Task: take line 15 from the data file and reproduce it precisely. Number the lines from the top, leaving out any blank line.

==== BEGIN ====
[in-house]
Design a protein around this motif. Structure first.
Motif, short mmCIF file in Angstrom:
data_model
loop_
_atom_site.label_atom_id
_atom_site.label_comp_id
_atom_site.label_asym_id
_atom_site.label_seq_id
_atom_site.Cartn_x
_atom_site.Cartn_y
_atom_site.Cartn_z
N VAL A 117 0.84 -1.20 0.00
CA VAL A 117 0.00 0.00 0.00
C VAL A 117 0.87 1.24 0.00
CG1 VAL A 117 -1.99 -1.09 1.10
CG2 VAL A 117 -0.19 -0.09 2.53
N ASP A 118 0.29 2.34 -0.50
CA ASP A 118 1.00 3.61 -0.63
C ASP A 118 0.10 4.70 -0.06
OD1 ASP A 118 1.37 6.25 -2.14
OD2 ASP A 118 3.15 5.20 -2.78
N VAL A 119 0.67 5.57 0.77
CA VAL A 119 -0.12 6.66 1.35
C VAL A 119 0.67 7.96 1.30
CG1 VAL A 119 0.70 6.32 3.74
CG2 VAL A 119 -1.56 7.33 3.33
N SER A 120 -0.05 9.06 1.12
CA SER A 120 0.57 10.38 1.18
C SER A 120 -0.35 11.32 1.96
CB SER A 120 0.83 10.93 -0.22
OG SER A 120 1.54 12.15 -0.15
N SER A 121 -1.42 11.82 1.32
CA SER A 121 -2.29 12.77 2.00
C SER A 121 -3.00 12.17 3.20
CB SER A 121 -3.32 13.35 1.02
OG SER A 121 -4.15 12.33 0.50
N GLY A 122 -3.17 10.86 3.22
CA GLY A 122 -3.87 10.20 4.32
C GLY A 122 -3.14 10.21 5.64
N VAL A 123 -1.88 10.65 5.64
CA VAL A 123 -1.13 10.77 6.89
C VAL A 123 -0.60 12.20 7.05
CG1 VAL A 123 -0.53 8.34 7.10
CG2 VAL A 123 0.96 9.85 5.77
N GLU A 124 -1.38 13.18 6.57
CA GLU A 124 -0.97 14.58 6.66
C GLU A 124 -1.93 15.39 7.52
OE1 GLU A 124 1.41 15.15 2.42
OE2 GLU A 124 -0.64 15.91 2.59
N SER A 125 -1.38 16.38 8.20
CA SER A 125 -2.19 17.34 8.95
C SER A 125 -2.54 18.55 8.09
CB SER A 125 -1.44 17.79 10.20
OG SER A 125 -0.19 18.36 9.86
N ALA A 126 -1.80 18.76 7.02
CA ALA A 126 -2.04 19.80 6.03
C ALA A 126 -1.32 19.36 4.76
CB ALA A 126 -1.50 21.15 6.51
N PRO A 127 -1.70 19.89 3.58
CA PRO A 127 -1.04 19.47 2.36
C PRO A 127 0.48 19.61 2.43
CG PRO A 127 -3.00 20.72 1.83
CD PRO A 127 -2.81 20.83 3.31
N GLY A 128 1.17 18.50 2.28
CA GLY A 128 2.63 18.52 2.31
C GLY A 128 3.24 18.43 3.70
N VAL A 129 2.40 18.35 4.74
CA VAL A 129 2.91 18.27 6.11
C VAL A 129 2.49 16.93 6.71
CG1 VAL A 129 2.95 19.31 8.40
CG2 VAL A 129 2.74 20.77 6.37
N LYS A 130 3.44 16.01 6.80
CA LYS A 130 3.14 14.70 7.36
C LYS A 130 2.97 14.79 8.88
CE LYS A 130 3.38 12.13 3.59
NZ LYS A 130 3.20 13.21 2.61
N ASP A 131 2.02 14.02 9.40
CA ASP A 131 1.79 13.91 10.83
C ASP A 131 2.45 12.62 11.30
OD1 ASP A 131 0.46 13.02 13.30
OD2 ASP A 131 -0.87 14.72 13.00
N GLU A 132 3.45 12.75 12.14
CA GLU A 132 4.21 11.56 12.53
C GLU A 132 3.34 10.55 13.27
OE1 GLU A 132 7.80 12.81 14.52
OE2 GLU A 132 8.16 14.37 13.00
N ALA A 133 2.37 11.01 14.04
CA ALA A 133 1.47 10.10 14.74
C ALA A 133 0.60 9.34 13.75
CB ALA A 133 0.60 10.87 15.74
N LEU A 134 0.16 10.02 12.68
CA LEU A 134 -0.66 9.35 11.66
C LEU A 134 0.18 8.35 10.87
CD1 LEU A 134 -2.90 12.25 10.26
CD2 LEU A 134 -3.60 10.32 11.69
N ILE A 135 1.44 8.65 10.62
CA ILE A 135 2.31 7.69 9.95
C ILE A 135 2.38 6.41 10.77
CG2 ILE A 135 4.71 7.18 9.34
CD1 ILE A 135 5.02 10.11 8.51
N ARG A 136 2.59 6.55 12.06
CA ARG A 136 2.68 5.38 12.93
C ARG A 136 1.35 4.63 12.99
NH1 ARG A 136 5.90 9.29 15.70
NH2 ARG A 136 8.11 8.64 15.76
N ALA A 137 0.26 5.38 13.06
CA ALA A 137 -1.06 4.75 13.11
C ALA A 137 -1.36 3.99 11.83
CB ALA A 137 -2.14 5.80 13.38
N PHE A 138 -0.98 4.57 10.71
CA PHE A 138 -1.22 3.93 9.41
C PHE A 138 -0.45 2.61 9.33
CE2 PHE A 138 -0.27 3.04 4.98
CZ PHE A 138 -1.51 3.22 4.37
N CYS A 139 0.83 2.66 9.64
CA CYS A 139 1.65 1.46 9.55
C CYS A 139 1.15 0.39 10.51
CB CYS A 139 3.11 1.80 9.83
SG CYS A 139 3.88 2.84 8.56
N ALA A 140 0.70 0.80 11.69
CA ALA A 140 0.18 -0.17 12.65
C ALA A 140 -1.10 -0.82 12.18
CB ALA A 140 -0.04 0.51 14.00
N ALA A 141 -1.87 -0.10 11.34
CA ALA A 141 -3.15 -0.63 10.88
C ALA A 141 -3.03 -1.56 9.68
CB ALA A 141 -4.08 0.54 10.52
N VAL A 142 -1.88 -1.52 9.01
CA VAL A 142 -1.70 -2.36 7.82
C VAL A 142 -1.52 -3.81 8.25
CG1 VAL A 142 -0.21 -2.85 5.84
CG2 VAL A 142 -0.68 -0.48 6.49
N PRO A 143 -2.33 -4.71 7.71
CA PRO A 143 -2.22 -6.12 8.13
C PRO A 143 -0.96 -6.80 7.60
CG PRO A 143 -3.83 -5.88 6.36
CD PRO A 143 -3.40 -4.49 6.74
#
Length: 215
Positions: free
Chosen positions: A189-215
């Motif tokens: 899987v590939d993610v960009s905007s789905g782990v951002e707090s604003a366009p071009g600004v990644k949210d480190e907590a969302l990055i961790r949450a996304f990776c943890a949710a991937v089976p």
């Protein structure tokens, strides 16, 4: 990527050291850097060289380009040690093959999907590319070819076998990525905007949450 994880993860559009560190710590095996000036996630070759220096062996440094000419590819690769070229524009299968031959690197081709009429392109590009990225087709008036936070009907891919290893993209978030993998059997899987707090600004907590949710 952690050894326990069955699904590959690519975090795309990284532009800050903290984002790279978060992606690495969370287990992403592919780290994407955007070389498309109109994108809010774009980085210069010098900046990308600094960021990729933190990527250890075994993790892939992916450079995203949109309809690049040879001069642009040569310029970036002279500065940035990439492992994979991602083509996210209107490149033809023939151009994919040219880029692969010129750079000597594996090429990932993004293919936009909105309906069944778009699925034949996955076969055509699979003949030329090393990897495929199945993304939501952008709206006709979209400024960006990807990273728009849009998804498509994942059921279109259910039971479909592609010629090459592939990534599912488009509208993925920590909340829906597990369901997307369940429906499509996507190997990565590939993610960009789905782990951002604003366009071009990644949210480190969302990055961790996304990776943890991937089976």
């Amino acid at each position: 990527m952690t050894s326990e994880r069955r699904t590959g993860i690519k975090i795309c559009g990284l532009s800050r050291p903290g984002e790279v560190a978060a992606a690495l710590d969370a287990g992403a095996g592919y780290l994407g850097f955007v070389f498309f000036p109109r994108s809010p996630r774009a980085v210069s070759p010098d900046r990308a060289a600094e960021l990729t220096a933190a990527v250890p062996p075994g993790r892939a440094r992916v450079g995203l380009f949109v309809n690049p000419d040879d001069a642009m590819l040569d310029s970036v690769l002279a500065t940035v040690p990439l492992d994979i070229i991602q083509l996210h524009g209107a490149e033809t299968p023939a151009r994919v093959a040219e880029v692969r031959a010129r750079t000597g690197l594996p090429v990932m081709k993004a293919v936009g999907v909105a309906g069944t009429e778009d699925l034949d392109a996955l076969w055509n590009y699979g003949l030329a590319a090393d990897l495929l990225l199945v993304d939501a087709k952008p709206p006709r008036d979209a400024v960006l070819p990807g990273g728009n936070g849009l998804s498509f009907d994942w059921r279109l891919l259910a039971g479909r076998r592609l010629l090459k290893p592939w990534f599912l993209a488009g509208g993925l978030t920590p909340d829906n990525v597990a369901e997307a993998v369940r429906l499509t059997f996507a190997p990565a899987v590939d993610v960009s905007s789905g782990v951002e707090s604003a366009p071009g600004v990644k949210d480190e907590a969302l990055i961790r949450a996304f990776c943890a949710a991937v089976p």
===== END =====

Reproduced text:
C VAL A 117 0.87 1.24 0.00